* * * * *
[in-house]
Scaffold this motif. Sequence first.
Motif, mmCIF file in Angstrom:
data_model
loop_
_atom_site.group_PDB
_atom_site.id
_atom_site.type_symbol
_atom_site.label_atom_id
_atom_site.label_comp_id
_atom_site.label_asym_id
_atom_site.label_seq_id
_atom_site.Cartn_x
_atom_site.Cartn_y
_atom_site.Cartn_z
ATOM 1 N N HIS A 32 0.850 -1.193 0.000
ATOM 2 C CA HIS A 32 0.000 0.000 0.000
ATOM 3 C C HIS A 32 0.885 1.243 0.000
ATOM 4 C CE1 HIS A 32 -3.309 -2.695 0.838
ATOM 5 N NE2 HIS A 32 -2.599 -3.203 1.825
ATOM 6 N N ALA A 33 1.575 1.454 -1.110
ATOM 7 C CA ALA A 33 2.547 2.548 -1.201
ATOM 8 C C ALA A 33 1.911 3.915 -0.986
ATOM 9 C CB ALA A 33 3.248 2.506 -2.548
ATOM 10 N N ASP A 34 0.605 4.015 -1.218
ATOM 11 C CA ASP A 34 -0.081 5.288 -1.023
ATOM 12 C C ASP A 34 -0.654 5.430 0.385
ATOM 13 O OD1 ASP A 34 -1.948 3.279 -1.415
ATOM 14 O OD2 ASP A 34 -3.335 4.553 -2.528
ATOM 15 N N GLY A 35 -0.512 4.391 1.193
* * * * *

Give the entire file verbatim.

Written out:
[in-house]
Scaffold this motif. Sequence first.
Motif, mmCIF file in Angstrom:
data_model
loop_
_atom_site.group_PDB
_atom_site.id
_atom_site.type_symbol
_atom_site.label_atom_id
_atom_site.label_comp_id
_atom_site.label_asym_id
_atom_site.label_seq_id
_atom_site.Cartn_x
_atom_site.Cartn_y
_atom_site.Cartn_z
ATOM 1 N N HIS A 32 0.850 -1.193 0.000
ATOM 2 C CA HIS A 32 0.000 0.000 0.000
ATOM 3 C C HIS A 32 0.885 1.243 0.000
ATOM 4 C CE1 HIS A 32 -3.309 -2.695 0.838
ATOM 5 N NE2 HIS A 32 -2.599 -3.203 1.825
ATOM 6 N N ALA A 33 1.575 1.454 -1.110
ATOM 7 C CA ALA A 33 2.547 2.548 -1.201
ATOM 8 C C ALA A 33 1.911 3.915 -0.986
ATOM 9 C CB ALA A 33 3.248 2.506 -2.548
ATOM 10 N N ASP A 34 0.605 4.015 -1.218
ATOM 11 C CA ASP A 34 -0.081 5.288 -1.023
ATOM 12 C C ASP A 34 -0.654 5.430 0.385
ATOM 13 O OD1 ASP A 34 -1.948 3.279 -1.415
ATOM 14 O OD2 ASP A 34 -3.335 4.553 -2.528
ATOM 15 N N GLY A 35 -0.512 4.391 1.193